Lupron and Breastfeeding
Women may not be able to safely use Lupron (leuprolide) while breastfeeding. Although no research has been done to determine whether this drug passes through breast milk, the manufacturer of the drug recommends that women not use Lupron while nursing. This medication might affect breast milk production, and there may be potential risks to a nursing infant.
Lupron® (leuprolide acetate) is a prescription medication used to treat the symptoms of prostate cancer. It is also used to treat early-onset puberty, known medically as precocious puberty, in children.
It is unknown if Lupron passes through breast milk. The manufacturer of the medication recommends that women not use Lupron while breastfeeding.
No research has been done to see if Lupron passes through breast milk. It is also unknown if Lupron has any effects on breast milk production or on a nursing child. While this lack of information is certainly frustrating, it is important to understand that medications are rarely studied in women who are breastfeeding, as this would usually expose an infant who will not directly benefit from the medication to possible risks.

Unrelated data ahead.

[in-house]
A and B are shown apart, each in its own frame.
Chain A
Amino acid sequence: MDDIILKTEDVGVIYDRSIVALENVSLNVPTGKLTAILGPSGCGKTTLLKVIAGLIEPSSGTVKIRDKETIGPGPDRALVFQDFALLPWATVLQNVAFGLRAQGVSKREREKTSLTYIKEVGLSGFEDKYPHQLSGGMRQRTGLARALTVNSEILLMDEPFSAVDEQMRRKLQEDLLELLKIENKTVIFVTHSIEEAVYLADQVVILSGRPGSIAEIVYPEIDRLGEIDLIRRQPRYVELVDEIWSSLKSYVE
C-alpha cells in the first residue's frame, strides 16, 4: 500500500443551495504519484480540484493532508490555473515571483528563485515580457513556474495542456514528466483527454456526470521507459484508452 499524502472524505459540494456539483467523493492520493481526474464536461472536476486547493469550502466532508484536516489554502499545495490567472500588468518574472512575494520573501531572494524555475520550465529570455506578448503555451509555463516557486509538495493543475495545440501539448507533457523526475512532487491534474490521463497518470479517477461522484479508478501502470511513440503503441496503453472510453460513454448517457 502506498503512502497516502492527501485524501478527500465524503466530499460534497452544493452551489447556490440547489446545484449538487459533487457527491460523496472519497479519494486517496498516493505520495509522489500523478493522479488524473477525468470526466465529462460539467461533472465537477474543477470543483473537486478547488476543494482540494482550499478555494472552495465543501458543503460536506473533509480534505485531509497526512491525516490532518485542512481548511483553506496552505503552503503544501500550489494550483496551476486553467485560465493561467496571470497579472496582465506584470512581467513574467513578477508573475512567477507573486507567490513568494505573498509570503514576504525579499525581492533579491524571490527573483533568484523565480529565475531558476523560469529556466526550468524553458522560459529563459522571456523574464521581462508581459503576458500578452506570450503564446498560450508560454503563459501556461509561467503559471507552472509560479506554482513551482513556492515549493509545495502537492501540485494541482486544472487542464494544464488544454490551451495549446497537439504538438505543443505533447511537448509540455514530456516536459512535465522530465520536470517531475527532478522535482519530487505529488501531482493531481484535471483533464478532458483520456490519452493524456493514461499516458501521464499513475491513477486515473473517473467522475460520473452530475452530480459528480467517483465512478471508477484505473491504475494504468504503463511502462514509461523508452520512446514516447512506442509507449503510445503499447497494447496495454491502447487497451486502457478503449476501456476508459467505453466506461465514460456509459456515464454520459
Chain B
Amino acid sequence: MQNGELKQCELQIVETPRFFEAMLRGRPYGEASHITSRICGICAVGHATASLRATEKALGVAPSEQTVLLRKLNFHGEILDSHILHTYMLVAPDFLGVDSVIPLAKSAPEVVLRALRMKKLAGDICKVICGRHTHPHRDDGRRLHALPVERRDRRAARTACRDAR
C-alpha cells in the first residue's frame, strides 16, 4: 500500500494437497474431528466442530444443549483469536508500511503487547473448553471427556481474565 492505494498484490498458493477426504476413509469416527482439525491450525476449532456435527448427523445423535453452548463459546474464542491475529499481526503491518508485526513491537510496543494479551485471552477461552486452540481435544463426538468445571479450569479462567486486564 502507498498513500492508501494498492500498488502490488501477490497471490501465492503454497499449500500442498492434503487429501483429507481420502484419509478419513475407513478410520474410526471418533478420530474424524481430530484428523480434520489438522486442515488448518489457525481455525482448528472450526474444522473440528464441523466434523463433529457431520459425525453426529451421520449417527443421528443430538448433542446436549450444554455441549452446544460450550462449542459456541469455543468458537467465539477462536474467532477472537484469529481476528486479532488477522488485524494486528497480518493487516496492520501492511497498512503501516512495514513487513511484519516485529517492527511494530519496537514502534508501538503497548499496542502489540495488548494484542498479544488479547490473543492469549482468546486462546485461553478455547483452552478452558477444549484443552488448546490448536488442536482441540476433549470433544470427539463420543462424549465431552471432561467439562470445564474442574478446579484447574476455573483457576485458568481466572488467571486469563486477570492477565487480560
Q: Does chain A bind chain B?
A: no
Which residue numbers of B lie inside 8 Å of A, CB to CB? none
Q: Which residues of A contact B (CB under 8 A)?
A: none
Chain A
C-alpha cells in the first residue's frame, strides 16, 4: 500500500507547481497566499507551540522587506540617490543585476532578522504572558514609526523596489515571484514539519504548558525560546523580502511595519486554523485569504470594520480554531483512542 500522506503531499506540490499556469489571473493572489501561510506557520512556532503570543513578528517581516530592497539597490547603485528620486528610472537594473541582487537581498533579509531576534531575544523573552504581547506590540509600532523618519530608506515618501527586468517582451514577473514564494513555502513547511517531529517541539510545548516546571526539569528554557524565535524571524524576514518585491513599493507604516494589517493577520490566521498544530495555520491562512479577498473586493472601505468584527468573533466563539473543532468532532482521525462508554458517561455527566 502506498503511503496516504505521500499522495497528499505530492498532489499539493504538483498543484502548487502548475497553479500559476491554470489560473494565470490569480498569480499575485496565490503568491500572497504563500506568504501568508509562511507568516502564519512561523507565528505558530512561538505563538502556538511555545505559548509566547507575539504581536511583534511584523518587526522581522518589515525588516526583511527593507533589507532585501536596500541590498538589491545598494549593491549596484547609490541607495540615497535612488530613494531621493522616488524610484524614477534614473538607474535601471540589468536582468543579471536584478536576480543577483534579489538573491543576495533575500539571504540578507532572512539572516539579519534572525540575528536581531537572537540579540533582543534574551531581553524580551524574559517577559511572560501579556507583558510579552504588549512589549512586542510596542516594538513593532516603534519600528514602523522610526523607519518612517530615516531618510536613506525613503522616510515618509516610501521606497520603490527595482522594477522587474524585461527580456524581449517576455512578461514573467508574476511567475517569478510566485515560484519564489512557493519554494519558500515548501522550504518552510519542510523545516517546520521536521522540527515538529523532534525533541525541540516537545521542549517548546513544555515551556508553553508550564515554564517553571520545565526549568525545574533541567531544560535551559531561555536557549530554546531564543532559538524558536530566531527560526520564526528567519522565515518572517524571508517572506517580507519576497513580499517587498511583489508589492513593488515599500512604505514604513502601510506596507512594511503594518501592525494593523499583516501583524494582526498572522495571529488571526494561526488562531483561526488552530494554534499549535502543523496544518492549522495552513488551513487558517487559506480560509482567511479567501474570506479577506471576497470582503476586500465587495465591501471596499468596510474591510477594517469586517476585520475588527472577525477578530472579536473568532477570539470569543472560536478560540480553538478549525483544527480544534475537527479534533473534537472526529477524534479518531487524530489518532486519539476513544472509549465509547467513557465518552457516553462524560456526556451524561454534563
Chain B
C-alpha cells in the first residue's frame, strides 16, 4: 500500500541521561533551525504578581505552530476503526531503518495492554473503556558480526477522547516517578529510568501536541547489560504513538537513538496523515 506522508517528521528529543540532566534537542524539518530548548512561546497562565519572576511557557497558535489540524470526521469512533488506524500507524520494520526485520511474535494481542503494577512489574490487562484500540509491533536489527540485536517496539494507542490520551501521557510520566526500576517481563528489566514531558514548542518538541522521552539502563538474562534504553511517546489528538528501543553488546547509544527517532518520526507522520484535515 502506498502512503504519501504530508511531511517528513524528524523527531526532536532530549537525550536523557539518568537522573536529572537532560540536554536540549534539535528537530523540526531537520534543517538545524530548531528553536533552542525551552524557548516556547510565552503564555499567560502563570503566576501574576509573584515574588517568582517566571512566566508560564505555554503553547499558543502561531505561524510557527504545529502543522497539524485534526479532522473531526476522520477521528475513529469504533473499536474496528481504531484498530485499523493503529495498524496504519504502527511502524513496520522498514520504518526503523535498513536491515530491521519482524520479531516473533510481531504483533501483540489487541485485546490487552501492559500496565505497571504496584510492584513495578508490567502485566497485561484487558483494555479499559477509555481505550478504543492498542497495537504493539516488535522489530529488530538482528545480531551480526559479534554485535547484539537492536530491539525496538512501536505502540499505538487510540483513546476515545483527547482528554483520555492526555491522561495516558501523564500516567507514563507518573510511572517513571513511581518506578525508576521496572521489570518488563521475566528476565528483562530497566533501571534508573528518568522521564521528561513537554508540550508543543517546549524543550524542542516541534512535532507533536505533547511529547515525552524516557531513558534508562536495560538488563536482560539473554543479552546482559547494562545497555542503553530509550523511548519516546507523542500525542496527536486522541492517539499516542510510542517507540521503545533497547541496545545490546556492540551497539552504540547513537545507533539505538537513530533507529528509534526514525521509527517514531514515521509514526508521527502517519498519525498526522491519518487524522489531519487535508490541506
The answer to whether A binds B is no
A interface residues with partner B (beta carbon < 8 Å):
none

Lupron is not active when taken orally (this is why it must be given by injection). Therefore, it would be unlikely to cause problems if consumed by a nursing infant through breast milk.
However, Lupron is a synthetic (manufactured) form of a hormone that helps stimulate the production of sex hormones. Therefore, it could potentially affect breast milk production. Breastfeeding is not recommended during Lupron treatment.
You should discuss breastfeeding and Lupron use with your healthcare provider. Each woman's situation is different, and you and your healthcare provider understand your situation best. After considering what you want and expect, as well as your current health situation, the two of you can make a shared decision that is right for you.